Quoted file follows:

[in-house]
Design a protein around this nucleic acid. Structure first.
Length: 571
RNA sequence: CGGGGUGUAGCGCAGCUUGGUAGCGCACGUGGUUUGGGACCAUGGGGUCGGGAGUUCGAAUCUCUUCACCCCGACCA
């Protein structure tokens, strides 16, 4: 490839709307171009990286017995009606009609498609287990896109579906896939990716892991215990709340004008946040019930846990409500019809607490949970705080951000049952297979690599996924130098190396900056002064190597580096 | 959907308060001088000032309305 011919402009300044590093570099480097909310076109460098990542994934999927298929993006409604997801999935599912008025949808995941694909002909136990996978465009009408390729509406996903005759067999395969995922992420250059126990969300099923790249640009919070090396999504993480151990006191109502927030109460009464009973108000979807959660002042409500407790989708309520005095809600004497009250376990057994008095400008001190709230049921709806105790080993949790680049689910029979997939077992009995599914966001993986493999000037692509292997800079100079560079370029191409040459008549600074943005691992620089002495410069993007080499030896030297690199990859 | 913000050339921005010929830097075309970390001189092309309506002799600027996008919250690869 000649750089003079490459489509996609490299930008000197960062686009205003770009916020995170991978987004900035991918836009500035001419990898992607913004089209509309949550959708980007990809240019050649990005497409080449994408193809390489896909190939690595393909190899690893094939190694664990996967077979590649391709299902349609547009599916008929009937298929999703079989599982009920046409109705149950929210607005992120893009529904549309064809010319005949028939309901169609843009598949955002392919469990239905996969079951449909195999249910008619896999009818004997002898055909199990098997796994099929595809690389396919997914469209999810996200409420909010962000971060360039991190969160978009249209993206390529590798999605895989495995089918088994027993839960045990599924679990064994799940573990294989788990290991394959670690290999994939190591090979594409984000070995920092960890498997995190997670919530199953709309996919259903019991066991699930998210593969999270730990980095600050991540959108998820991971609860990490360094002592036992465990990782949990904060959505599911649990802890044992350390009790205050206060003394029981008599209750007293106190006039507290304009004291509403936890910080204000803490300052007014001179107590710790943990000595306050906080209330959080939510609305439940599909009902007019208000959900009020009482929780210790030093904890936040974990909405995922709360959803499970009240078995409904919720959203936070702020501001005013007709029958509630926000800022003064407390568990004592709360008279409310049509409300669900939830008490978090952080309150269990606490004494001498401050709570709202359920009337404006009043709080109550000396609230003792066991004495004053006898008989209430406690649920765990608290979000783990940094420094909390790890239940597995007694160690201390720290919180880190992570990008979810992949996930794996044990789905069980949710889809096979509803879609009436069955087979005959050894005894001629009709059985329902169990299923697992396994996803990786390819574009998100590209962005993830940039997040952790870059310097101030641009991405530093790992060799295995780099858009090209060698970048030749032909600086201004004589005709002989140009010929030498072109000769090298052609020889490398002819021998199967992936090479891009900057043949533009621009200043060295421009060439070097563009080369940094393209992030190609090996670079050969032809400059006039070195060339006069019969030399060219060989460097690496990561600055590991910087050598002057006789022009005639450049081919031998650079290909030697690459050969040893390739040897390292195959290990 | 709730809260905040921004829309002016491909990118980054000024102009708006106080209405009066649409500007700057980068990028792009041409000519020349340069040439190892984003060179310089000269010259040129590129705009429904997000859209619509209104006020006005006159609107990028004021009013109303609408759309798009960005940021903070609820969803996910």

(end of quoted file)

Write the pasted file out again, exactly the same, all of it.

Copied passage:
[in-house]
Design a protein around this nucleic acid. Structure first.
Length: 571
RNA sequence: CGGGGUGUAGCGCAGCUUGGUAGCGCACGUGGUUUGGGACCAUGGGGUCGGGAGUUCGAAUCUCUUCACCCCGACCA
């Protein structure tokens, strides 16, 4: 490839709307171009990286017995009606009609498609287990896109579906896939990716892991215990709340004008946040019930846990409500019809607490949970705080951000049952297979690599996924130098190396900056002064190597580096 | 959907308060001088000032309305 011919402009300044590093570099480097909310076109460098990542994934999927298929993006409604997801999935599912008025949808995941694909002909136990996978465009009408390729509406996903005759067999395969995922992420250059126990969300099923790249640009919070090396999504993480151990006191109502927030109460009464009973108000979807959660002042409500407790989708309520005095809600004497009250376990057994008095400008001190709230049921709806105790080993949790680049689910029979997939077992009995599914966001993986493999000037692509292997800079100079560079370029191409040459008549600074943005691992620089002495410069993007080499030896030297690199990859 | 913000050339921005010929830097075309970390001189092309309506002799600027996008919250690869 000649750089003079490459489509996609490299930008000197960062686009205003770009916020995170991978987004900035991918836009500035001419990898992607913004089209509309949550959708980007990809240019050649990005497409080449994408193809390489896909190939690595393909190899690893094939190694664990996967077979590649391709299902349609547009599916008929009937298929999703079989599982009920046409109705149950929210607005992120893009529904549309064809010319005949028939309901169609843009598949955002392919469990239905996969079951449909195999249910008619896999009818004997002898055909199990098997796994099929595809690389396919997914469209999810996200409420909010962000971060360039991190969160978009249209993206390529590798999605895989495995089918088994027993839960045990599924679990064994799940573990294989788990290991394959670690290999994939190591090979594409984000070995920092960890498997995190997670919530199953709309996919259903019991066991699930998210593969999270730990980095600050991540959108998820991971609860990490360094002592036992465990990782949990904060959505599911649990802890044992350390009790205050206060003394029981008599209750007293106190006039507290304009004291509403936890910080204000803490300052007014001179107590710790943990000595306050906080209330959080939510609305439940599909009902007019208000959900009020009482929780210790030093904890936040974990909405995922709360959803499970009240078995409904919720959203936070702020501001005013007709029958509630926000800022003064407390568990004592709360008279409310049509409300669900939830008490978090952080309150269990606490004494001498401050709570709202359920009337404006009043709080109550000396609230003792066991004495004053006898008989209430406690649920765990608290979000783990940094420094909390790890239940597995007694160690201390720290919180880190992570990008979810992949996930794996044990789905069980949710889809096979509803879609009436069955087979005959050894005894001629009709059985329902169990299923697992396994996803990786390819574009998100590209962005993830940039997040952790870059310097101030641009991405530093790992060799295995780099858009090209060698970048030749032909600086201004004589005709002989140009010929030498072109000769090298052609020889490398002819021998199967992936090479891009900057043949533009621009200043060295421009060439070097563009080369940094393209992030190609090996670079050969032809400059006039070195060339006069019969030399060219060989460097690496990561600055590991910087050598002057006789022009005639450049081919031998650079290909030697690459050969040893390739040897390292195959290990 | 709730809260905040921004829309002016491909990118980054000024102009708006106080209405009066649409500007700057980068990028792009041409000519020349340069040439190892984003060179310089000269010259040129590129705009429904997000859209619509209104006020006005006159609107990028004021009013109303609408759309798009960005940021903070609820969803996910």